GREENSBURG – Area children and the young at heart now have a new way to keep their cool this summer thanks to community fundraising and partnerships between public and private entities.
The city’s new splash pad was officially dedicated with a ribbon cutting ceremony Tuesday morning in Rebekah Park on Greensburg’s far east side.
The new attraction, which is open to the public from 11 a.m. to 8 p.m. seven days a week throughout the summer, was made possible, in large part, by a $40,000 donation from Delta Faucet Company. Other donors also helped defray the cost.
A large concrete area featuring several water jets spray cool, refreshing water for 5 minutes at a time when visitors push a red button located on a pole just to the side of the splash pad. This is unlike many similar water features in surrounding communities that feature continually streaming water whether anyone is there to enjoy it or not.
In addition, the splash pad has been painted in such a way that Decatur County’s nine townships are easily identifiable, thus providing a local geography lesson in addition to a way of cooling off.
Greensburg Parks Director Bob Barker said the splash pad idea has been discussed for years and indicated he’s pleased it is now a local reality.
“This is a great day,” Barker said. “We’ve got plans for a larger water playground at the [city] pool. That’s depending on funding, so we need a major contributor to get that off the ground. It’s expensive, but it can be done.”
Barker said the total cost of the splash pad effort is roughly $65,000 and noted nearly $50,000 was saved by selecting a single vendor rather than dealing with multiple entities.
The idea of a splash pad came to light during the Stellar Communities Designation Program bid in 2017, when the community put forth several ideas to improve Greensburg and make it more appealing to current and future residents.
The splash pad was one of many projects suggested, along with a dog park, streetscape designs, and more.
Though Greensburg did not receive the Stellar designation, coordinator David Fry said many of the projects are moving forward through the “Tree-mendous Transformation Group,” which consists of representatives from the Chamber of Commerce, Visitors and Recreation Bureau, Community Foundation, Main Street Greensburg, and the Economic Development Corporation.
“Major improvements at Rebekah Park were identified as something that was necessary to improve the quality of life and help attract new residents to the area,” Fry explained prior to Tuesday’s ribbon cutting.
Keith Moenter, Human Resources Director for Delta, said his company is pleased to support a community project that has to do with water.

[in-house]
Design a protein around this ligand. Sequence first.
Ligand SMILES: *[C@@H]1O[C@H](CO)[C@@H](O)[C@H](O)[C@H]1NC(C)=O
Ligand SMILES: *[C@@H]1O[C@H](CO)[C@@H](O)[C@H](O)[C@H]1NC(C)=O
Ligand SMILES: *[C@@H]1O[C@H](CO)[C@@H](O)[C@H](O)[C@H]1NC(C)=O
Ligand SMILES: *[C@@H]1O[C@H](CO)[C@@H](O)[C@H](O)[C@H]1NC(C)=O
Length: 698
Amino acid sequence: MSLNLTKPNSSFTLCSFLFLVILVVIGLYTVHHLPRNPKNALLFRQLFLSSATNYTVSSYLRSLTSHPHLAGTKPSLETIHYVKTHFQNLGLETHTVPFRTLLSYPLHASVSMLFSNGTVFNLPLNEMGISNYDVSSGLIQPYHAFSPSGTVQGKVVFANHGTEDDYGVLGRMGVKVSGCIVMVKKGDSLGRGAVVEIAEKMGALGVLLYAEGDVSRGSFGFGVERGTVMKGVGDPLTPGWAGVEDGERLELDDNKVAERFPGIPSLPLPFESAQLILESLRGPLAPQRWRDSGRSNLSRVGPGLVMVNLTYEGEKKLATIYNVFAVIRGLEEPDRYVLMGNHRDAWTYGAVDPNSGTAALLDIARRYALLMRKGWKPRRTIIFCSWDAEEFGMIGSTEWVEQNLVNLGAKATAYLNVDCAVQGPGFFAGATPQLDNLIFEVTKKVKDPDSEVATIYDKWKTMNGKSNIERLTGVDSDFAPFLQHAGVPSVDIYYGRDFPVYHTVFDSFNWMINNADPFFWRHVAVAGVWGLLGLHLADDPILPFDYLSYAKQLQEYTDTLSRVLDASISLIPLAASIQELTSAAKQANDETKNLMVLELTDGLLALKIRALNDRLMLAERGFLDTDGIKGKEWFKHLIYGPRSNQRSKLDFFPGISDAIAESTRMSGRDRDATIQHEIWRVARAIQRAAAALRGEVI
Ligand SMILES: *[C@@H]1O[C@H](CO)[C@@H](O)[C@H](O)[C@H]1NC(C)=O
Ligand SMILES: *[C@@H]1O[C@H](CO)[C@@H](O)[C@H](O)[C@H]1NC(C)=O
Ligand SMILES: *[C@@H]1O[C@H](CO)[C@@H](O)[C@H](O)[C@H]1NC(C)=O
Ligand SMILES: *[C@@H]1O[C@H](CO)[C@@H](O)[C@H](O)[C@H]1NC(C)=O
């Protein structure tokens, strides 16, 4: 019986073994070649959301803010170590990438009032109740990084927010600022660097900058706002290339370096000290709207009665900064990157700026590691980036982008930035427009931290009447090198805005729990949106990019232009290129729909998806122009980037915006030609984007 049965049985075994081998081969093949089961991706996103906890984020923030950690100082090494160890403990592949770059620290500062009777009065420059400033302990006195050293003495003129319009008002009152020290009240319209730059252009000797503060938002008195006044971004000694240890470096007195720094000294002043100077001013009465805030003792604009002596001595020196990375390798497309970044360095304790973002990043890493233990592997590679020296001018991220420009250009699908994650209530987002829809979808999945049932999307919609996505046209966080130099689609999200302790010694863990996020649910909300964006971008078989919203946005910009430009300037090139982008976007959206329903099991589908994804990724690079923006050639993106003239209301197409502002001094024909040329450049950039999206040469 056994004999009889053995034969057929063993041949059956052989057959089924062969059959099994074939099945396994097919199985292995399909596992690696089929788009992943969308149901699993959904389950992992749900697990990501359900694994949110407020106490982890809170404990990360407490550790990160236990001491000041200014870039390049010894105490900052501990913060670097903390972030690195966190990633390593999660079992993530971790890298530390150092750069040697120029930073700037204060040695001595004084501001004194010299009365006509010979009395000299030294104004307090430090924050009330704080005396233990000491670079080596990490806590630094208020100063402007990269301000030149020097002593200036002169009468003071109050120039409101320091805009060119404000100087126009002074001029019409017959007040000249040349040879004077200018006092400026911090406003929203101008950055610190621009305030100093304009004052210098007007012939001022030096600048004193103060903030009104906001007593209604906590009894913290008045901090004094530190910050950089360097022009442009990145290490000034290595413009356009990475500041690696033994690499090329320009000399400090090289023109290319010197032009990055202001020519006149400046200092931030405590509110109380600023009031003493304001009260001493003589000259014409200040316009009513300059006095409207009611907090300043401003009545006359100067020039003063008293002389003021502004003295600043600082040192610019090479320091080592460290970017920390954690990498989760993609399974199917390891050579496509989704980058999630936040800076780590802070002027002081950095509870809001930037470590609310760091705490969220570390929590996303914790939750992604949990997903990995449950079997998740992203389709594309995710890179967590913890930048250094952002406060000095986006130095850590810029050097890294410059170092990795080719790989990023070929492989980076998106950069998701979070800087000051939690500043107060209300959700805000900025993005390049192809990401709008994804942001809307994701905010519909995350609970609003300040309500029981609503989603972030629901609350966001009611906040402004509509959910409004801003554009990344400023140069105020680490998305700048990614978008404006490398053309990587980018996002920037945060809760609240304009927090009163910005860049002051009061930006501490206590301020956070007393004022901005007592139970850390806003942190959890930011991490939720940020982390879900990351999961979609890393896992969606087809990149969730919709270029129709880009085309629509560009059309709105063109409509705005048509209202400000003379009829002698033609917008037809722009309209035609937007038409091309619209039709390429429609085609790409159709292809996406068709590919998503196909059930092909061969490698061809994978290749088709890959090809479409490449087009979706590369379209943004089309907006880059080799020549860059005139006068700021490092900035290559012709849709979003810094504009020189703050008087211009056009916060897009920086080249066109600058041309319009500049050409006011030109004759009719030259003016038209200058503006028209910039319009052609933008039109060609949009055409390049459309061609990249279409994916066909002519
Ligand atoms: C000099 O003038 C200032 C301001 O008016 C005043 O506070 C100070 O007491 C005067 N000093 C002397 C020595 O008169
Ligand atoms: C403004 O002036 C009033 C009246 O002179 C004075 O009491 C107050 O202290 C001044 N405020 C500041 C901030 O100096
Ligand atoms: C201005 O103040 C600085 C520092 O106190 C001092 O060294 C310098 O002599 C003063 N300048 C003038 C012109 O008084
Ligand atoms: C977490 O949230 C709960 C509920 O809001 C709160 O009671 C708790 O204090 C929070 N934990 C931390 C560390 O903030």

“This is awesome, a terrific addition to the community,” Moenter said. “It’s right next to the park, and we’re happy that area kids and families will be able to enjoy it.”
Decatur County Tourism Executive Director Phillip Diewert agreed the splash pad is a big plus for the Decatur County community.
“This is the kind of thing that’s going to draw people into the community,” he said. “This is part of the big picture when it comes to quality of life issues, and I think it’s going to have a big, positive impact on the community.”
Mayor Dan Manus also was on hand for the ribbon cutting. He thanked the many individuals and businesses who contributed to the project in some way and also indicated he is looking forward to area residents making use of the new splash pad.
“I think it’s just great,” the mayor said, “and we’ve got a lot of people to thank for it.”
Those wishing to donate directly to this project can do so through the Decatur County Community Foundation by earmarking contributions for the “splash pad.” Donations can be made in person or online at www.dccfound.org/donate.
Other projects in the works include an amphitheater at Rebekah Park, which Fry said the group is working toward. Duke Energy gave a $12,000 grant to help and fundraising efforts are ongoing. Fry said the project is expected to cost around $100,000.
Also, more murals will be coming to the area soon, increasing the public art available in the ArtisTREE district.
For more information about Tree-mendous Transformation efforts, suggestions for new public projects, or ways to help, email email@example.com or call Barker at 812-663-8284.
Kevin Green may be contacted at firstname.lastname@example.org or 812-663-3111 x 7056.